Attakwas - The Comrades of Mountain BikingMy Facebook status update, the day before the Attakwas read something like this: “121km on a mountain bike tomorrow - what was I thinking when I signed up?” A very accurate response from a friend was: “Was that not a typo ‘what were you drinking?’” I was about to take on the Comrades Marathon of mountain biking (cutoff for Atta is 11 hours, not 12 hours like Comrades).
I signed up for one of the toughest one-day races in 2015 after chatting to some friends about it around a braai (yes, there might have been a few beers involved). The closest I came to mountain biking all year was the fact that I was on a “MTB” whatsapp group. My wakeup call came when @Anna_Afrika invited me to a charity mountain bike race, the STBB MTB Challenge. My initial bravery of attempting the 60km route without training was changed by my un-gladiator-like move of downgrading to the 30km event instead…I completed the race with a smile (and a tutu), as I am involved in a breast cancer charity myself and thought it would be worth it to put a smile on people's faces (and to distract me from the fact that I did not train for it).
This race was a wakeup call for me to start training for the Attakwas...or it was supposed to be. I upped my game with a record breaking 5 times on my mountain bike for the next two months. In December I doubled my efforts. With an average of 18.5km per session for the 10 times I did go cycling I started to get nervous. A 52km ride after Christmas with less than 300m of elevation gain was my last desperate attempt to prepare myself...in the saddle for less than 3 hours is not exactly what I would call T.I.T.S.
The last 6 training rides in January did include a bit more climbing but I was still really stressed. My mountain biking friends were more stressed than I was, not only for my level of training but also because I wanted to do it on my 26er mountain bike...a very, very basic model, with tubes and v-brakes. This was about to change. Helderberg Cycle World came to my rescue. I had a meeting with Petie and he made a Specialized Stump Jumper available for me, a week before the race. Looking back, I can truly say that there was no way that I would have been able to do this race without this beauty. Thank you Conrad Stoltz for the advice - your recommendation did put a big smile on my face, the day I hit the trails the first time (I did a skills training course with Conrad, so he knew my abilities and his recommendation was spot-on).
On race day I arrived with my plus sized tyres (27.5s and 3.0 wide) and a nervous smile on my face. People stared at my bike, thinking I’m crazy to do it with these wheels. If only they knew...the combination of my fitness and technical abilities down a rocky downhill would have raised many eyebrows. The bike had a dropper post on the seat - this together with the wheels made all the difference. I was riding up and down tracks that just more than a week ago, with my old bike, I would NOT have been able to stay upright on. Lance Armstrong said “It’s not about the bike” but I would have to tell him one day that he was wrong. ;-)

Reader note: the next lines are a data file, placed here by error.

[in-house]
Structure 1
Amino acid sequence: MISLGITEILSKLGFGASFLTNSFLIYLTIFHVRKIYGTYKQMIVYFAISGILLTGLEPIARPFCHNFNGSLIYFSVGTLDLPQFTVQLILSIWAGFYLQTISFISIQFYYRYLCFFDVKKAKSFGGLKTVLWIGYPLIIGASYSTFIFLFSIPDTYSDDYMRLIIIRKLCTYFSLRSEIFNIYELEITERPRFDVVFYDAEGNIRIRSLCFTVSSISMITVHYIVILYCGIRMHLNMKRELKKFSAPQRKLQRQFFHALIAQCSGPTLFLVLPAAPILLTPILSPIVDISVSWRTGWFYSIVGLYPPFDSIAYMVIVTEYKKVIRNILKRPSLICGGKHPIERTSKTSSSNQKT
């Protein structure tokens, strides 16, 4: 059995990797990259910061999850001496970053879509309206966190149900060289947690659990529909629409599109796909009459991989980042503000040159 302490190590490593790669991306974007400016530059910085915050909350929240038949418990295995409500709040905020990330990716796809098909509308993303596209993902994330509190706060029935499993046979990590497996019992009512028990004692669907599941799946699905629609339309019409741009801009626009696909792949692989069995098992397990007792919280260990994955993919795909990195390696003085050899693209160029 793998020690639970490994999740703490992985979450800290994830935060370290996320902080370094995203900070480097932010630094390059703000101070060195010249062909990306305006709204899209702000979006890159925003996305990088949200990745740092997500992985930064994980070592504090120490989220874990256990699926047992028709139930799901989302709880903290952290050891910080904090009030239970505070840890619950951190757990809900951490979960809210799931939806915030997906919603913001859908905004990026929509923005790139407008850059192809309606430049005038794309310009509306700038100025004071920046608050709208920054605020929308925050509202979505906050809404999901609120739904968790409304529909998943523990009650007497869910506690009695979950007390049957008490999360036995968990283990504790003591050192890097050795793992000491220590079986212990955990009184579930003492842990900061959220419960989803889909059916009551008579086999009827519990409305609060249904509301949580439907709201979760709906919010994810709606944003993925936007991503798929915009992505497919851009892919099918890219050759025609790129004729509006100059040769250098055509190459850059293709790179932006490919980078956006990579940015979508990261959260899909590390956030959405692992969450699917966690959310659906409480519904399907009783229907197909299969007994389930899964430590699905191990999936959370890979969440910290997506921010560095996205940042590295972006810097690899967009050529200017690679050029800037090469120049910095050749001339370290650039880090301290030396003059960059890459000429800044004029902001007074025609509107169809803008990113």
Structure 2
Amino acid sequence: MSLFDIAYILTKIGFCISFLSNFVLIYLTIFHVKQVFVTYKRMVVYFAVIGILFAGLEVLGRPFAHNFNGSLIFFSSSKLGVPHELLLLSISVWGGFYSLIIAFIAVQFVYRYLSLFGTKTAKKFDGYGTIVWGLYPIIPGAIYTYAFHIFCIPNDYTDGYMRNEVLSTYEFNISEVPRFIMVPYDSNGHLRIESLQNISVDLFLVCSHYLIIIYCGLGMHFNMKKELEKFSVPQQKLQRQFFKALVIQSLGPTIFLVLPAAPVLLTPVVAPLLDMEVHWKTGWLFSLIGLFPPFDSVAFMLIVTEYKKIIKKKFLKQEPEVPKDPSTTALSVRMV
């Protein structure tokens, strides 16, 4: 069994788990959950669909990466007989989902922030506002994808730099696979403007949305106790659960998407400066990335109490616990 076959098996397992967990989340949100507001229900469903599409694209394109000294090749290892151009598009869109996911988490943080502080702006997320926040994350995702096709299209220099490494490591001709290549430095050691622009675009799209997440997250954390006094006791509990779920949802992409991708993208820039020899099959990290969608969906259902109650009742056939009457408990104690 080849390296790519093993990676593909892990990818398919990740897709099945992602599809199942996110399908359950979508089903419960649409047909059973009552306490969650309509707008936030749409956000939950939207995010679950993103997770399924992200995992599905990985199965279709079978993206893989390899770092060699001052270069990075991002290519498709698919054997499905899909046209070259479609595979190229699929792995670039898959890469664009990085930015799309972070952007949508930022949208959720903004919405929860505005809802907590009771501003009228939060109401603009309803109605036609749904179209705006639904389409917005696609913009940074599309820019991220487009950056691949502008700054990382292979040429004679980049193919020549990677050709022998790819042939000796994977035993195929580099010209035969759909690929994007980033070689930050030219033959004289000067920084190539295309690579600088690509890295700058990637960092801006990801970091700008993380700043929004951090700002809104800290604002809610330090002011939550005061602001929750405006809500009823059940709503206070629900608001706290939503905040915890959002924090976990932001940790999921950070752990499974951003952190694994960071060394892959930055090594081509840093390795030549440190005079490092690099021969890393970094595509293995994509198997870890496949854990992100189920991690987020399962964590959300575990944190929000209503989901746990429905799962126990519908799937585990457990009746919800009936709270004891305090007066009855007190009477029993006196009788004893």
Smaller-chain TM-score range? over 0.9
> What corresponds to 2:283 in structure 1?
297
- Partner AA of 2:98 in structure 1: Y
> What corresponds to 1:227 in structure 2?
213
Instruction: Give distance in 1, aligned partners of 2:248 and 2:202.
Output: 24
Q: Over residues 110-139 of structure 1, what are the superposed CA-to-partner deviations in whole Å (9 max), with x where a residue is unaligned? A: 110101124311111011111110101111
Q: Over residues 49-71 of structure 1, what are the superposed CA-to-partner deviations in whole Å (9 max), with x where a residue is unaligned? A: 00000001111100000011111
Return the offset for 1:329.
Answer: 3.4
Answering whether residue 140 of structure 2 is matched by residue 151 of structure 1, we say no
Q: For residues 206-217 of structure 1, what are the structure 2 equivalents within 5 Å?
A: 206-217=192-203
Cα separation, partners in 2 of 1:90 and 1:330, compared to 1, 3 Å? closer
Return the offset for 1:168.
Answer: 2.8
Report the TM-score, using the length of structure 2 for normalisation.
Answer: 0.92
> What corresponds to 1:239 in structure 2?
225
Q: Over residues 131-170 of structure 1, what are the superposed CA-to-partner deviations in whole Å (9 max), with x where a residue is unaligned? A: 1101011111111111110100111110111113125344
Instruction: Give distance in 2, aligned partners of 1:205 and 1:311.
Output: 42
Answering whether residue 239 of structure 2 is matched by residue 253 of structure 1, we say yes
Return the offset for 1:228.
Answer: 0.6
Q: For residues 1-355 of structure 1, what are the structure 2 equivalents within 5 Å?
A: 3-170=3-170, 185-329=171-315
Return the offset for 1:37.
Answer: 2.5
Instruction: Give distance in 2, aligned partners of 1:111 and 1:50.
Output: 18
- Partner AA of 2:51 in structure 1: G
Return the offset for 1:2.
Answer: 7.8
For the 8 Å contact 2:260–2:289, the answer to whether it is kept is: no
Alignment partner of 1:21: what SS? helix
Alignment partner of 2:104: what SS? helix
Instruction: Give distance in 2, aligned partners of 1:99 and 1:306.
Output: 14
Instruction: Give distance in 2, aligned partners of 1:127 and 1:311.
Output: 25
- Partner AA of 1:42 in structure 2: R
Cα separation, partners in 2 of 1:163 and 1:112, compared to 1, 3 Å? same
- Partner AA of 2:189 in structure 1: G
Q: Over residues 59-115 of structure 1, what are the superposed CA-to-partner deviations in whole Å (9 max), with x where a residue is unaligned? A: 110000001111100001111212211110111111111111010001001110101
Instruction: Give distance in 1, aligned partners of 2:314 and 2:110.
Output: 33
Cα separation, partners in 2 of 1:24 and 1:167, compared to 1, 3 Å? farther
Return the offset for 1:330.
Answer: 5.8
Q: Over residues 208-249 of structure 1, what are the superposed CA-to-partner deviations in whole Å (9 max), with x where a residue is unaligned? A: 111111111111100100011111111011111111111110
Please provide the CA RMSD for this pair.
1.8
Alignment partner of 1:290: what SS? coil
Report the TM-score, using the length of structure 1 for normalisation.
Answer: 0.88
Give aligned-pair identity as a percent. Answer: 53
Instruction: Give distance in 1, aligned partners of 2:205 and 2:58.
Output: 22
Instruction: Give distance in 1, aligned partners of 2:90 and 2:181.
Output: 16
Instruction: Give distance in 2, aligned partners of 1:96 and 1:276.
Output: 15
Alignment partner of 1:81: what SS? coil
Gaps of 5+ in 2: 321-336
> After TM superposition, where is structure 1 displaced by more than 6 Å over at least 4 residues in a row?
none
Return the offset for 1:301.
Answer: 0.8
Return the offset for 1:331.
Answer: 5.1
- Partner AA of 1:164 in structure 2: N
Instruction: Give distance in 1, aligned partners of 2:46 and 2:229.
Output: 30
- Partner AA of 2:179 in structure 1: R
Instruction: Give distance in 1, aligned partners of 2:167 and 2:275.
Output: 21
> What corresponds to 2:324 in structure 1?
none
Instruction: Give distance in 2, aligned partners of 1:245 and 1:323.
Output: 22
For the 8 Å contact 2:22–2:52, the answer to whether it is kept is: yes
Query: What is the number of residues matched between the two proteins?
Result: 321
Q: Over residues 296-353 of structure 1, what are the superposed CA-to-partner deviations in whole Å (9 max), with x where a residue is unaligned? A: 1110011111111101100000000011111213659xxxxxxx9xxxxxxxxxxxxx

Water points on route were truly impressive. The big smiles and support was really encouraging. A feast was set before our eyes, including biltong, watermelon, ostrich steak and even Spur burgers. I did however only make very quick stops at the first two water points as it would have been very difficult to keep moving if I started indulging in all the great food. I stuck to the mix of nuts, cranberries and droëwors that I had with me - sticking to what works for my body was the safest. At the 3rd waterpoint I was uncomfortably close to the recommended time, should you wish to do an 11 hour race.
With less than 500m to the last water point, I hit a wall. From the halfway mark I did not eat enough and I felt as if I was going to faint. Lying in the shade in a fetus position seemed like a much better option than walking to the waterpoint...I forced myself to eat something and the stars in my eyes turned back to daylight. FOOOOOD...I stuffed myself for the first time, starting on one side of the table and feasting on anything and everything. The announcer did his best to get me going again, as he knew I was on the edge of the cut-off times. I was on my own for the last leg...the guys I was riding for the last while only had a quick stop and were gone. With a headwind and a broken body, I had to put my head down and push through. With about 5km to go a guy came past, working hard against the wind. The company, and especially the fact that I could draft behind someone else helped.
With about 5 minutes left we cycled past the “2km left” sign. This was going to be a close one...people started screaming and cheering us on. I was waiting for Chariots of Fire to start playing and golden streamers to start falling from the sky. I just completed the longest mountain bike race I’ve ever done. With 1 minute and 2 seconds left, I was the last official finisher at Attakwas 2016. What an awesome experience it was!!!!
On the Sunday morning I went for a short recovery ride, to get a coffee. My body was full of “happy hormones”. The sense of achievement was incredibly high after finishing such a tough but beautiful race. Thank you so much for all the support!